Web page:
My response to this blog post was detected as spam, so I'm responding here.
The recommendation from Adobe has been to use isValid("date") instead of isDate(). If
TRUE, you should also test using
isValid("date") and use parseDateTime (with try/catch) to see what ColdFusion actually evaluates as the date. In my opinion, a value isn't a valid date until it can be correctly parsed and then sent to third-parties and also be parsed as a date (ie, SQL).
For example, tested with latest CF2016
isDate(2000); /* NO */ isValid('date',2000); /* YES */ parseDateTime(2000); /* CF Error */
A year ago,
12/31/292278993 was considered a valid date by Adobe ColdFusion.
More info here:
(ACF also returned
isvalid("integer", 2147483648) and a value like
Here are some test date strings that I've used to compare ColdFusion date parsing against a client-side DateJS library that I use.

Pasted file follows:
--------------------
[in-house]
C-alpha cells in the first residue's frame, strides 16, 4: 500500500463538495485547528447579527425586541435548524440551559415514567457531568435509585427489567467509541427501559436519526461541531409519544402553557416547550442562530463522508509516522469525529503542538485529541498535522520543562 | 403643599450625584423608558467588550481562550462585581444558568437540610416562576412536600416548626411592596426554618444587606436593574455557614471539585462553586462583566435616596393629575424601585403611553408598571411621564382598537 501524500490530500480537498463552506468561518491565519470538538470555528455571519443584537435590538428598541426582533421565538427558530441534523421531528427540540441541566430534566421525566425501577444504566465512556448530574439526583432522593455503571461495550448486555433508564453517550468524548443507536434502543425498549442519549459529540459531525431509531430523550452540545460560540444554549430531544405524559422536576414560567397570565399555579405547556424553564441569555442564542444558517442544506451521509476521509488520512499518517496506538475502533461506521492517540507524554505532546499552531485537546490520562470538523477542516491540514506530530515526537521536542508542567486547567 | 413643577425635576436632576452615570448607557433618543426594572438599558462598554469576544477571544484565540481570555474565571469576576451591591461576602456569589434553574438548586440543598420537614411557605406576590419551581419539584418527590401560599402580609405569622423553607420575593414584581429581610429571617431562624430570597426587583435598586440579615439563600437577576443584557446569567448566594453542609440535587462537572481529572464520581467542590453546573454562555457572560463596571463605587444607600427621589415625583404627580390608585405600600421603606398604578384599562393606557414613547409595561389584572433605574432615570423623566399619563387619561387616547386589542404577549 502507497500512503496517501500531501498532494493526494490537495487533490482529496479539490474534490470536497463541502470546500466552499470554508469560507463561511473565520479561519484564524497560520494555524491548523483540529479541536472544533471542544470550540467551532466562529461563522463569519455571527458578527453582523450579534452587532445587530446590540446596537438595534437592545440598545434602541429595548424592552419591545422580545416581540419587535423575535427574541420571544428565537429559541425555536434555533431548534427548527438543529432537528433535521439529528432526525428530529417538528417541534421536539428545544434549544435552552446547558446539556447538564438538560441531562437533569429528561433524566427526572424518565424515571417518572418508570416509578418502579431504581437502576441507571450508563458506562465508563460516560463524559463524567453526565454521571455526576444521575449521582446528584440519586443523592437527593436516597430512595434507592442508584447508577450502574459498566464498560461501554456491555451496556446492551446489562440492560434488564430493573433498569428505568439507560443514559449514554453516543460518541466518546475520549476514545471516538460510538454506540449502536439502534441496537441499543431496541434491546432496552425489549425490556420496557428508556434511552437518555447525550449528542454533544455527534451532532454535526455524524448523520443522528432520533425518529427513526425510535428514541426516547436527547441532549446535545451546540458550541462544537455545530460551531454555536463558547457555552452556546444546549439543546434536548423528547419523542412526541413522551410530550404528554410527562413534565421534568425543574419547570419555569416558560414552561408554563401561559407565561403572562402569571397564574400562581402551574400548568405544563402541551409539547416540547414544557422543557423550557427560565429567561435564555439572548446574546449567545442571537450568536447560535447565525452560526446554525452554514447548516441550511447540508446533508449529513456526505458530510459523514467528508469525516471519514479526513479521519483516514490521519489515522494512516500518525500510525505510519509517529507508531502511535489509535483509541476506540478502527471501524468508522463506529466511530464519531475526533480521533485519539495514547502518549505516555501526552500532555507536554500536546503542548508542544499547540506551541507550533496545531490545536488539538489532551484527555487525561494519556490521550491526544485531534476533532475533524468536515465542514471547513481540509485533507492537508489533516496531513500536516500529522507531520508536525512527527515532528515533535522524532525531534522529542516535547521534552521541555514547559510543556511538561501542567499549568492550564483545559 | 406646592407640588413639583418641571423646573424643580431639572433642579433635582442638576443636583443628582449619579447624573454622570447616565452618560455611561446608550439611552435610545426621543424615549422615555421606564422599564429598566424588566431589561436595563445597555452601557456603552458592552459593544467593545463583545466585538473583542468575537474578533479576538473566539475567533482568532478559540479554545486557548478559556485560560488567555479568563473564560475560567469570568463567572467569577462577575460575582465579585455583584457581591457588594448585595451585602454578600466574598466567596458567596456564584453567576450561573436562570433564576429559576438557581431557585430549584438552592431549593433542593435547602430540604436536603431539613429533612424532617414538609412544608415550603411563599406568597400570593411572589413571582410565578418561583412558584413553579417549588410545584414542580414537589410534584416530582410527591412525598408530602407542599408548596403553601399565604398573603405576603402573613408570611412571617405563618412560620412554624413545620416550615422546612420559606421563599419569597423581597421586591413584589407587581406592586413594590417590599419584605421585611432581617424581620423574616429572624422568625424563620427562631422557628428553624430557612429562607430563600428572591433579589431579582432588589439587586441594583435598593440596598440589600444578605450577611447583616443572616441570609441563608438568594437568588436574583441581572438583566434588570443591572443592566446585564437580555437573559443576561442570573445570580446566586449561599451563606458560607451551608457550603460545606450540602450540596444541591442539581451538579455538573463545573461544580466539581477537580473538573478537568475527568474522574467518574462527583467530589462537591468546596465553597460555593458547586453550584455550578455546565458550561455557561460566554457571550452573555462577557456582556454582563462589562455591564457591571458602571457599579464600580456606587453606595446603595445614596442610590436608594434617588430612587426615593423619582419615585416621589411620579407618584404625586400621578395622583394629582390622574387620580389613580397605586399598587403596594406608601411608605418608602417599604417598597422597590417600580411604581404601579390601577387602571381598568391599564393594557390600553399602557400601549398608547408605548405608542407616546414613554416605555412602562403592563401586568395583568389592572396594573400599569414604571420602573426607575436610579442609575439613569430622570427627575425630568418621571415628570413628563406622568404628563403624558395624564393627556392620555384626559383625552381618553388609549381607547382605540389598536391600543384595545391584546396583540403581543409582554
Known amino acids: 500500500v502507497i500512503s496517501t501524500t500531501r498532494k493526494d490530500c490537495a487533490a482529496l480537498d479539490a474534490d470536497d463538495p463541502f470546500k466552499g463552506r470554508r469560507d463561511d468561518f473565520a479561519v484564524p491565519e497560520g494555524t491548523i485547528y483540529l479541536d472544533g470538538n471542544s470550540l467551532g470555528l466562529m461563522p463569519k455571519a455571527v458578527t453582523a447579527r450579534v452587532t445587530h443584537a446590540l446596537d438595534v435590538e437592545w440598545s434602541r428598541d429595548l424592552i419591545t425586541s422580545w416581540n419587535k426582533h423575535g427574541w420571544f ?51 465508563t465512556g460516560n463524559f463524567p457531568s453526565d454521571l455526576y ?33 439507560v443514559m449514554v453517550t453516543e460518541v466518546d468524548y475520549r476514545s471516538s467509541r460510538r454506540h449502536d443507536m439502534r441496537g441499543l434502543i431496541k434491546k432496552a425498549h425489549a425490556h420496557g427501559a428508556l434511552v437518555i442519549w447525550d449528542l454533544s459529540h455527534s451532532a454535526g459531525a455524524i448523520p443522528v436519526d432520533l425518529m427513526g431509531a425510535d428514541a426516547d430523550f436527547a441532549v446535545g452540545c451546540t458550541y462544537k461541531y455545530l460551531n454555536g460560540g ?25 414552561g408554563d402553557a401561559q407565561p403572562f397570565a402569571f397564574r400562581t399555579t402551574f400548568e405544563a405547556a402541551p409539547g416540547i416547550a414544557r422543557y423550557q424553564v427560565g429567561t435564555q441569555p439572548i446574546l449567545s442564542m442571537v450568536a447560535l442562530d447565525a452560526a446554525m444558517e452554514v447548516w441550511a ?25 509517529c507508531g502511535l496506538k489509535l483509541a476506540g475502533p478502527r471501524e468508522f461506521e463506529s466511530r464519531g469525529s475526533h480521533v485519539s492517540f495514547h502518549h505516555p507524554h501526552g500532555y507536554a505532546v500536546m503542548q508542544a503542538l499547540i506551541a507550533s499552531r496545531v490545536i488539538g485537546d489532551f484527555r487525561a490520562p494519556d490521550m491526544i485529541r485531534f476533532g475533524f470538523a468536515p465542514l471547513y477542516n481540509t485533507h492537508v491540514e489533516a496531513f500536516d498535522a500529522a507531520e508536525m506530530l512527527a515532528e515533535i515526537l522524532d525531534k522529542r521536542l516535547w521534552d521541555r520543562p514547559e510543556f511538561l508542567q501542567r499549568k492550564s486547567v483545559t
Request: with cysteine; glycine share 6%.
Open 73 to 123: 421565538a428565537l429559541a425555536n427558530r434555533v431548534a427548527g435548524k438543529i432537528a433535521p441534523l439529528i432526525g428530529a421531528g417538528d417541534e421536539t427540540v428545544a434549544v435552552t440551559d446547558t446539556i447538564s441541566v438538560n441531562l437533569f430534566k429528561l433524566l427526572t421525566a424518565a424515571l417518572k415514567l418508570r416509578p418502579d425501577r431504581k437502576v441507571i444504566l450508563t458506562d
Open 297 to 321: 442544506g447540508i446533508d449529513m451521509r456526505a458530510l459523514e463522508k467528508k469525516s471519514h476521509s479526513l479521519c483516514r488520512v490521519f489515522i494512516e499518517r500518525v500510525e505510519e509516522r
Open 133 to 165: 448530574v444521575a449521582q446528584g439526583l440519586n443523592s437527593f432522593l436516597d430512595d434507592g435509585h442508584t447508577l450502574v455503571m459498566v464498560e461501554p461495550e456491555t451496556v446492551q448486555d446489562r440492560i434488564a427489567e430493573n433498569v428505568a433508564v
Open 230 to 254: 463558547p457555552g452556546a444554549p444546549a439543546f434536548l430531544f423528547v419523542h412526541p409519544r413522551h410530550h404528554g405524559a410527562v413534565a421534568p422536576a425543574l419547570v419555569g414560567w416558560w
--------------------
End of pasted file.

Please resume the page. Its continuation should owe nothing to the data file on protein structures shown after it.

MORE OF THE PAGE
Top comments (2)
Apart from the American ordering to the month and the date, why isn't
12/31/292278993a date? I'll admit that we probably won't be using the same calendar system in 292278993, but we don't know what it will be, so why not stick with the one we know?
We may need to deal with this before 12/31/9999. The current max date for MSSQL SqlDateTime while java is 12/31/999999999. Luckily none of my clients are asking to schedule anything that far out in advance "yet".
What would it take to get all related technologies to agree on a standard? (ie, the current max date for java is 12/31/999999999.)
A recent project had a high lifetime membership calculation bug. Instead of entering "birthdate", the customer entered "current age". Server-side isDate() returned "yes" that the integer was a valid date, but couldn't perform a DateDiff() using the "valid date". To fix, I added a check using isValid("usdate", birthdate).